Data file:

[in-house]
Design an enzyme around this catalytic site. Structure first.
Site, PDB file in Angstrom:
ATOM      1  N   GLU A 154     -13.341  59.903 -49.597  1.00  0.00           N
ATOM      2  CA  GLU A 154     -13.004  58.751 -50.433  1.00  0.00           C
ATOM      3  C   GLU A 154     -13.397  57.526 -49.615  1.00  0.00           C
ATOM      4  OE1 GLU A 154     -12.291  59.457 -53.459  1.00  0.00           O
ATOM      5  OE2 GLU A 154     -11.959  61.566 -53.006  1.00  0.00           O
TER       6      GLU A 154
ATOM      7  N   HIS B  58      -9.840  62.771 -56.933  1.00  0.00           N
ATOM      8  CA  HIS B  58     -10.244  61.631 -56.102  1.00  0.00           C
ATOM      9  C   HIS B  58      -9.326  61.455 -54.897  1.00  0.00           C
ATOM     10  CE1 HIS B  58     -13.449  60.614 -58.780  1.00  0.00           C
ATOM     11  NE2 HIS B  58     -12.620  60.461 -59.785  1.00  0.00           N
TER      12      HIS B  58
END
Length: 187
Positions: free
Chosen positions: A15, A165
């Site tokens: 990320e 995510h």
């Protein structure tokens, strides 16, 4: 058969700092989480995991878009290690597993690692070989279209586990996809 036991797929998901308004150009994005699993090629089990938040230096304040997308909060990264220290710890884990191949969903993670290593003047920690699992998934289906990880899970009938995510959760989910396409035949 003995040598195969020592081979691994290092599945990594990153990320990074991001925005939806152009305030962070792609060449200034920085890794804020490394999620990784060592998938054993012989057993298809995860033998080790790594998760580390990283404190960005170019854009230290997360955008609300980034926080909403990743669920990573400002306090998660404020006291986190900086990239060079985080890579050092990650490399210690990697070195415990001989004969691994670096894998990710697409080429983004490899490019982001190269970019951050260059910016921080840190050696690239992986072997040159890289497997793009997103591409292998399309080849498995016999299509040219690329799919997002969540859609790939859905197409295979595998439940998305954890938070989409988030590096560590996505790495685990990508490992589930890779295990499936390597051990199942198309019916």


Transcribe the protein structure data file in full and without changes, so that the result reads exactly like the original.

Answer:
[in-house]
Design an enzyme around this catalytic site. Structure first.
Site, PDB file in Angstrom:
ATOM      1  N   GLU A 154     -13.341  59.903 -49.597  1.00  0.00           N
ATOM      2  CA  GLU A 154     -13.004  58.751 -50.433  1.00  0.00           C
ATOM      3  C   GLU A 154     -13.397  57.526 -49.615  1.00  0.00           C
ATOM      4  OE1 GLU A 154     -12.291  59.457 -53.459  1.00  0.00           O
ATOM      5  OE2 GLU A 154     -11.959  61.566 -53.006  1.00  0.00           O
TER       6      GLU A 154
ATOM      7  N   HIS B  58      -9.840  62.771 -56.933  1.00  0.00           N
ATOM      8  CA  HIS B  58     -10.244  61.631 -56.102  1.00  0.00           C
ATOM      9  C   HIS B  58      -9.326  61.455 -54.897  1.00  0.00           C
ATOM     10  CE1 HIS B  58     -13.449  60.614 -58.780  1.00  0.00           C
ATOM     11  NE2 HIS B  58     -12.620  60.461 -59.785  1.00  0.00           N
TER      12      HIS B  58
END
Length: 187
Positions: free
Chosen positions: A15, A165
């Site tokens: 990320e 995510h």
């Protein structure tokens, strides 16, 4: 058969700092989480995991878009290690597993690692070989279209586990996809 036991797929998901308004150009994005699993090629089990938040230096304040997308909060990264220290710890884990191949969903993670290593003047920690699992998934289906990880899970009938995510959760989910396409035949 003995040598195969020592081979691994290092599945990594990153990320990074991001925005939806152009305030962070792609060449200034920085890794804020490394999620990784060592998938054993012989057993298809995860033998080790790594998760580390990283404190960005170019854009230290997360955008609300980034926080909403990743669920990573400002306090998660404020006291986190900086990239060079985080890579050092990650490399210690990697070195415990001989004969691994670096894998990710697409080429983004490899490019982001190269970019951050260059910016921080840190050696690239992986072997040159890289497997793009997103591409292998399309080849498995016999299509040219690329799919997002969540859609790939859905197409295979595998439940998305954890938070989409988030590096560590996505790495685990990508490992589930890779295990499936390597051990199942198309019916």